Today, forty days after Easter, is the Feast of the Ascension.
As they were watching, he was lifted up, and a cloud took him out of their sight. While he was going and they were gazing up toward heaven, suddenly two men in white robes stood by them. They said, “Men of Galilee, why do you stand looking up toward heaven?” (Acts 1:9-11).
On April 12, 1961 the Soviet cosmonaut, Yuri Gagarin, was the first man to enter outer space and orbit the earth. Western sources claimed that during this space flight Gagarin commented, “I don’t see any God up here.” Later sources denied Gagarin made that statement and attributed the following to Nikita Khrushchev, “Gagarin flew into space, but didn’t see any God there”.
Regardless, the statement points to some assumptions, even misunderstandings, about God and God’s relationship to the world. Too often we believe, speak, and even live as if God is “up there” and not down here, somewhere “out there” and not within. We are left with a gap between God and humanity, spirit and matter, heaven and earth. So if Gagarin had only flown higher would he have seen God?
A literal reading of the ascension story might leave us looking up toward heaven in an attempt to get one last glimpse of Jesus. The difficulty is that we sometimes think of heaven as another place, as there are places in the world. The logic that follows this way of thinking is that if Jesus ascends to heaven, then he must go to another place.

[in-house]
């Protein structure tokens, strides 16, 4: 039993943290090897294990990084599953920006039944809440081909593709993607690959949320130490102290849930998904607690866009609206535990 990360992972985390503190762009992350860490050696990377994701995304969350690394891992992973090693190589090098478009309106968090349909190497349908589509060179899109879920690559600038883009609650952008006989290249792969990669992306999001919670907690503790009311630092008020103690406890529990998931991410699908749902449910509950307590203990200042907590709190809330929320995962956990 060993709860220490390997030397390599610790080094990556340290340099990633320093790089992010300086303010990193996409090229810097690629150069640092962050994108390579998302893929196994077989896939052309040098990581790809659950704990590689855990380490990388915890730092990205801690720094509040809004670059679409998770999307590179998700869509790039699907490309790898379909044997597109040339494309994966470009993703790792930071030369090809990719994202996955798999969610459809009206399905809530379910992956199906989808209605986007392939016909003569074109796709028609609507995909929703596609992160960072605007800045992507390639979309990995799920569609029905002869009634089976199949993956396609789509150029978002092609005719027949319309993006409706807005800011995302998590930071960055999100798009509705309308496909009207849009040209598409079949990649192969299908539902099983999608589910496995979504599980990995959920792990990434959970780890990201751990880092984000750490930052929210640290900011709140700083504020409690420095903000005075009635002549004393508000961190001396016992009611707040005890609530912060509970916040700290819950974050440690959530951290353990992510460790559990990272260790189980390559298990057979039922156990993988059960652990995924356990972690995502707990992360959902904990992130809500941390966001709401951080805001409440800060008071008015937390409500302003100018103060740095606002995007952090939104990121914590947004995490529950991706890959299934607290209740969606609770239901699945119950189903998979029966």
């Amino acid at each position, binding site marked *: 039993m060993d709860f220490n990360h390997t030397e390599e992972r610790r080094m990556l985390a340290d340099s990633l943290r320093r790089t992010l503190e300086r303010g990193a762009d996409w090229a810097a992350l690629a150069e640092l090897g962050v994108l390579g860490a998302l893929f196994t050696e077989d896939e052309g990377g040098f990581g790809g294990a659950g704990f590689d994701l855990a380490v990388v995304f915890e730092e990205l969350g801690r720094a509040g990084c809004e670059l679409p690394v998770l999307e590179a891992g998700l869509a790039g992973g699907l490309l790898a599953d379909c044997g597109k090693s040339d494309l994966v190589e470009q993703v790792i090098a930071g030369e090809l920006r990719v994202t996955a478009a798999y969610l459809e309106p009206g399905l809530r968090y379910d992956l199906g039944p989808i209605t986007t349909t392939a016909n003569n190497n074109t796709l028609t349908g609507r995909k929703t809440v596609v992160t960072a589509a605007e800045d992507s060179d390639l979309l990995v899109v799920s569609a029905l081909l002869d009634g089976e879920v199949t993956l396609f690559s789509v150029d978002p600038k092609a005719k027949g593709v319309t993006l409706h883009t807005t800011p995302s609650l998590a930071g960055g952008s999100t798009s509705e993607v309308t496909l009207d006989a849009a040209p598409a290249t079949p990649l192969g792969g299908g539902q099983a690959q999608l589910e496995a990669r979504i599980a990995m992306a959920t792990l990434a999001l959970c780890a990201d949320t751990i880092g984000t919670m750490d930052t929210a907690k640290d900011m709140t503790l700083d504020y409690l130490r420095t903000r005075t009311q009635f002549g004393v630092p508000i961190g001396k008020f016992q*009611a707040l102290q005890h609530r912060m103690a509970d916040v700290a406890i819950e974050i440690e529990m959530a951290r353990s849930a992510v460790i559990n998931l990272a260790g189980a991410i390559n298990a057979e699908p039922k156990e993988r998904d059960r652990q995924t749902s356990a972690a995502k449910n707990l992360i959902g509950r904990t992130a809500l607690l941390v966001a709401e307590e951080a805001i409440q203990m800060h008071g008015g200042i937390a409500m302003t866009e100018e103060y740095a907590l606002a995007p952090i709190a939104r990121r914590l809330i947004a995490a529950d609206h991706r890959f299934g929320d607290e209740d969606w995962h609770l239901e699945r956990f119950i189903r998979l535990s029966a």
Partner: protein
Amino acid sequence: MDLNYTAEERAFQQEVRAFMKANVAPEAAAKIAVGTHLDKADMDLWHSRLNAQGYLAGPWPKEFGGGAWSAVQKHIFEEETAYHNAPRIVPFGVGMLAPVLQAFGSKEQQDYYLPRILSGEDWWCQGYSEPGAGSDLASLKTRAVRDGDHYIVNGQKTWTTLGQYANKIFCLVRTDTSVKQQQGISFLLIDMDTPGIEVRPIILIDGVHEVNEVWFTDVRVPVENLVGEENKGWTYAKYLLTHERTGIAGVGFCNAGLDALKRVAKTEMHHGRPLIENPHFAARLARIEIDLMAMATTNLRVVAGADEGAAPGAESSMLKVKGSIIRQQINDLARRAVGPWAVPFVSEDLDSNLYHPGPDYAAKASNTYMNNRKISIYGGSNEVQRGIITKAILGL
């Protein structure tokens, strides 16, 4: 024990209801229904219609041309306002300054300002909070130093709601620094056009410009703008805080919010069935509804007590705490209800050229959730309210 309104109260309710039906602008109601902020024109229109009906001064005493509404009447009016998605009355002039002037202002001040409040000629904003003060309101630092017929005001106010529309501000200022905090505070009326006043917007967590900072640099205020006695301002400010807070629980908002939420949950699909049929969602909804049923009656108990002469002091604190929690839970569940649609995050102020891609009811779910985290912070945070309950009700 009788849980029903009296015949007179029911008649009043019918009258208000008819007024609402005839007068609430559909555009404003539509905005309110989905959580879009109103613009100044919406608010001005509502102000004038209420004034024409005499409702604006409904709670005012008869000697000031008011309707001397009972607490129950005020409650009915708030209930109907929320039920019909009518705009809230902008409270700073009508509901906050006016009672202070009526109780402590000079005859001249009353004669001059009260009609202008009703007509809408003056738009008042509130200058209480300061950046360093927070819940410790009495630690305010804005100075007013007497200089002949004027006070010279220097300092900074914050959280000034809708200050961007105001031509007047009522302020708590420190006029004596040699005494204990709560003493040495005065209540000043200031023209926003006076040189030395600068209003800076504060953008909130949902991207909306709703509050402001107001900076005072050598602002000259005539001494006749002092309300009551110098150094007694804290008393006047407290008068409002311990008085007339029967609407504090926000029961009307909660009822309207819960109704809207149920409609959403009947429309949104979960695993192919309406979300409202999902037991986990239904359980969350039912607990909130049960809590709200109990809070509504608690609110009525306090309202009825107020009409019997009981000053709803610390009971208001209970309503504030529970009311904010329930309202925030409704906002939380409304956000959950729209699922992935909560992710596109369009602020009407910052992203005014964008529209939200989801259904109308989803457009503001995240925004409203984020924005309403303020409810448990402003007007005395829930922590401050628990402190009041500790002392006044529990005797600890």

But the ascension is about presence not absence. Jesus has not left us. Rather Christ has filled us. Former Archbishop of Canterbury William Temple said, “The ascension of Christ is his liberation from all restrictions of time and space. It does not represent his removal from earth, but his constant presence everywhere on earth.” Christ now fills and sanctifies all time and space. The grace of the ascension is that “Christ is all in all!” (Col. 3:11). The unity of humanity and divinity revealed in the incarnation is brought to fullness in the ascension.
Jesus disappears in his ascension beyond the clouds, not into some geographical location, but into the heart of all creation where he dwells in his glorified humanity. The ascension reveals that in Christ’s humanity, all humanity has been enthroned next to God. It is our “eternalization,” and from that moment on our homeland is in heaven. Through the ascension Christ is still present but in a different way—an interiorized way. He is no longer physically in front of his disciples but rather within them.